A group of about 150 volunteers gathered Saturday to clear a portion of the Los Angeles River in Van Nuys. Among their finds: lots of plastic grocery bags, hundreds of cigarette butts, a baseball and, at least for some, a newfound appreciation for the waterway.
"You should go over there. It's really pretty," said Kiya Villareal, a 16-year-old from Sherman Oaks who was there with her family. "They have bamboo and water."
The event was organized by the Friends of the Los Angeles River and underwritten by a $50,000 donation from Aquarius Spring, a bottled water branch of the Coca-Cola Co.; it supplements the Friends of the Los Angeles River's annual clean-up.
Jon Mukri, general manager of the city's Recreation and Parks Department, said his department has never had the funding for such work.
"You're bringing life to a river that was dead when I was a kid," he told the volunteers as they donned gloves, picked up large blue trash bags and headed into the river.
Many of the volunteers had participated in previous clean-ups and expressed some dismay at seeing so much debris. At an event in May that covered a much greater area, volunteers gathered more than 20 tons of trash, according to the Friends of the Los Angeles River, but there was plenty of debris scattered around Saturday's cleanup site, just off Balboa Avenue.
"It mostly frustrates me," said Melissa Federowicz, 27, of Studio City, who had already filled up half a bag with trash and was tugging at some buried plastic by the bank of the river. "This is the life of the city and there's trash everywhere."
Plastics, especially grocery sacks, seemed to make up the majority of the collected debris.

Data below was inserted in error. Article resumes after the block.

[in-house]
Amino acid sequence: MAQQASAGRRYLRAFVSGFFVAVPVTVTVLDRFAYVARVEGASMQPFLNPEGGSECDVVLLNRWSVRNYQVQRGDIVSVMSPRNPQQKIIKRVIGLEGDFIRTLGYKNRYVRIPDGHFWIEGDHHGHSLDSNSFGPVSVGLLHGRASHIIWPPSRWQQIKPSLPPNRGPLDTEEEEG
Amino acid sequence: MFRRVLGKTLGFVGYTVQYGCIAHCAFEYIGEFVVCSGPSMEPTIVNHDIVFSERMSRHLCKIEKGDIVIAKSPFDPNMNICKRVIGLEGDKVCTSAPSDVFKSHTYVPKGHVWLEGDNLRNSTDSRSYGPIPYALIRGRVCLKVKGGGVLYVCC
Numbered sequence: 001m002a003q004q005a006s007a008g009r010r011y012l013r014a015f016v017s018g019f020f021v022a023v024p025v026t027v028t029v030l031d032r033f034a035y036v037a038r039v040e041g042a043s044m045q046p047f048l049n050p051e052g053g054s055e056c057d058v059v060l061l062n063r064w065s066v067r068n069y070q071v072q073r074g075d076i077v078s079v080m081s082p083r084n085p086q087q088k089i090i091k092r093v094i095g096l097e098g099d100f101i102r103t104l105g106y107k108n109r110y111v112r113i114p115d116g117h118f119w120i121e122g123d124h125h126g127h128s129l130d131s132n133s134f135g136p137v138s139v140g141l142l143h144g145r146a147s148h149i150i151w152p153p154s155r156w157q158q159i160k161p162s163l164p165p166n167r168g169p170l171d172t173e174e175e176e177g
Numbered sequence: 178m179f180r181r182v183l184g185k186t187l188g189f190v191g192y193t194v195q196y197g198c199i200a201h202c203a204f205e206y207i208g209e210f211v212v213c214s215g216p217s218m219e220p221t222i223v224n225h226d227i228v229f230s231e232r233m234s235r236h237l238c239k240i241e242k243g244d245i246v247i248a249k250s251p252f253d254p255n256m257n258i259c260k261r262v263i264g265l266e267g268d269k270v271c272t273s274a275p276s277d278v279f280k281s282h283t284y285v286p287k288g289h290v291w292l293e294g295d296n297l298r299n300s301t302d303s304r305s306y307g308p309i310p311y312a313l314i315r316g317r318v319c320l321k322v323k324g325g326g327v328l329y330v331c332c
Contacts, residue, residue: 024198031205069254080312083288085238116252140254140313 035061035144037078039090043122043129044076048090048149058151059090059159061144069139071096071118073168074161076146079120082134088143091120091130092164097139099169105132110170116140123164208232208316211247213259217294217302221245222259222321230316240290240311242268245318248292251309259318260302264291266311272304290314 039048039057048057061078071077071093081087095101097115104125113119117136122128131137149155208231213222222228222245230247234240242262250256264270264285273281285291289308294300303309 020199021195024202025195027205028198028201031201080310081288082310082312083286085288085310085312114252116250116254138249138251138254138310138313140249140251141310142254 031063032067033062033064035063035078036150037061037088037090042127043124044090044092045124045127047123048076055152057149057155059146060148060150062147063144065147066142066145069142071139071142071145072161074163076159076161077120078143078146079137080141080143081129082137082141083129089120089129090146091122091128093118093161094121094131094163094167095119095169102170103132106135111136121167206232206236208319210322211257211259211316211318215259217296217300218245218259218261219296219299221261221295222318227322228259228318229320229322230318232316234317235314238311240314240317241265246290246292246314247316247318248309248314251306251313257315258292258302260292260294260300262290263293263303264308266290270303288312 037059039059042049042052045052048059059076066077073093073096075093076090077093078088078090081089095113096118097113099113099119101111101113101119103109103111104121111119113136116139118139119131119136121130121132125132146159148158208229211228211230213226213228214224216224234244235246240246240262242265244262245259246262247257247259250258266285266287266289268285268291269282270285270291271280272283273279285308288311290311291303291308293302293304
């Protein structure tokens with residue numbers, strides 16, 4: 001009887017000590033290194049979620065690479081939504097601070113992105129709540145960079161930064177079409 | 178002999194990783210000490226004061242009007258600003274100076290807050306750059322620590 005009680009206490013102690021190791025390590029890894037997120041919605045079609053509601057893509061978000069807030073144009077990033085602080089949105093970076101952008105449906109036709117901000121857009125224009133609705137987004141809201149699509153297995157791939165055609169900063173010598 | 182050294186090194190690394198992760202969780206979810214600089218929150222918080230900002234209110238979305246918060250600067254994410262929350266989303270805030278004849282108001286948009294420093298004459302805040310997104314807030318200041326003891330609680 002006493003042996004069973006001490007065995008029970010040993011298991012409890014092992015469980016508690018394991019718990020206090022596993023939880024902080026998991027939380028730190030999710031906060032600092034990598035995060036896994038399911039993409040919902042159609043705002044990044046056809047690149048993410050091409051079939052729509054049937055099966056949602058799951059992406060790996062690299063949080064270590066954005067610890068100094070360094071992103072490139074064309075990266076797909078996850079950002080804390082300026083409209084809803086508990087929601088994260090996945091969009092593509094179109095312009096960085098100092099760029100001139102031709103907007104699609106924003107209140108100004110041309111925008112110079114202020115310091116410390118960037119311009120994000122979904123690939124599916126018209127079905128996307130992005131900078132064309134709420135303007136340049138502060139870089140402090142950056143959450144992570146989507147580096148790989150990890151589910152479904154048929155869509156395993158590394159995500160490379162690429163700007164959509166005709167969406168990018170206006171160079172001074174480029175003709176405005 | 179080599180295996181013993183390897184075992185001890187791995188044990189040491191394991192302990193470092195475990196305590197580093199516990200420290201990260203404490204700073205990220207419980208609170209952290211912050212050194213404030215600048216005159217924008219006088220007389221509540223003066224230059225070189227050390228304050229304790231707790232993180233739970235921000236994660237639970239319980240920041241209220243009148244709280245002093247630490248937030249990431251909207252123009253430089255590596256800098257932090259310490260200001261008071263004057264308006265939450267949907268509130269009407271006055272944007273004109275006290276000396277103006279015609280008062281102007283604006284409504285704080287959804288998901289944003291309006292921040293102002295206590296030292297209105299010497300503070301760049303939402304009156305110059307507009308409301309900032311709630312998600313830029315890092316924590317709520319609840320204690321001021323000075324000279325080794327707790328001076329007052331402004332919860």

"It makes me believe in reusable bags even more," said Lorraine Toledo, a quality assurance manager for Coca-Cola who traveled from her home in the Inland Empire.
For others it was a chance to have some family time. April and Anthony Quintero gathered their four children, including Kiya Villareal, to come to the event.
Anthony Quintero said he had heard about the event from an e-mail and thought it would be good to get his brood out of bed early.
"These kids are lazy," he said as his wife rolled her eyes.
"They are not," she countered.
April Quintero said the sight of trash along the road and in the river made her angry and she wanted to give her family a sense of civic duty and pride. "I try to explain to them that this is your neighborhood. If you don't take care of it, who will?"
Kiya and her siblings scrambled through the underbrush, gathering items both man-made and natural. "Hey, look what I found," said Gabe, 5, sneaking up on Kiya and thrusting part of a butterfly wing into her face as she shrieked in surprise and ducked.
Family members made their way down the bank, eventually ending up where a grove of bamboo grew by a peaceful bend in the river. At that point, all of their sacks were full and the family took them back to the collection site.
"When people put their time and sweat into cleaning up the river, especially kids, it gives me a lot of hope," said Mukri, the park district manager.
The volunteers gathered about 1,800 pounds of trash, according to the Friends of the Los Angeles River.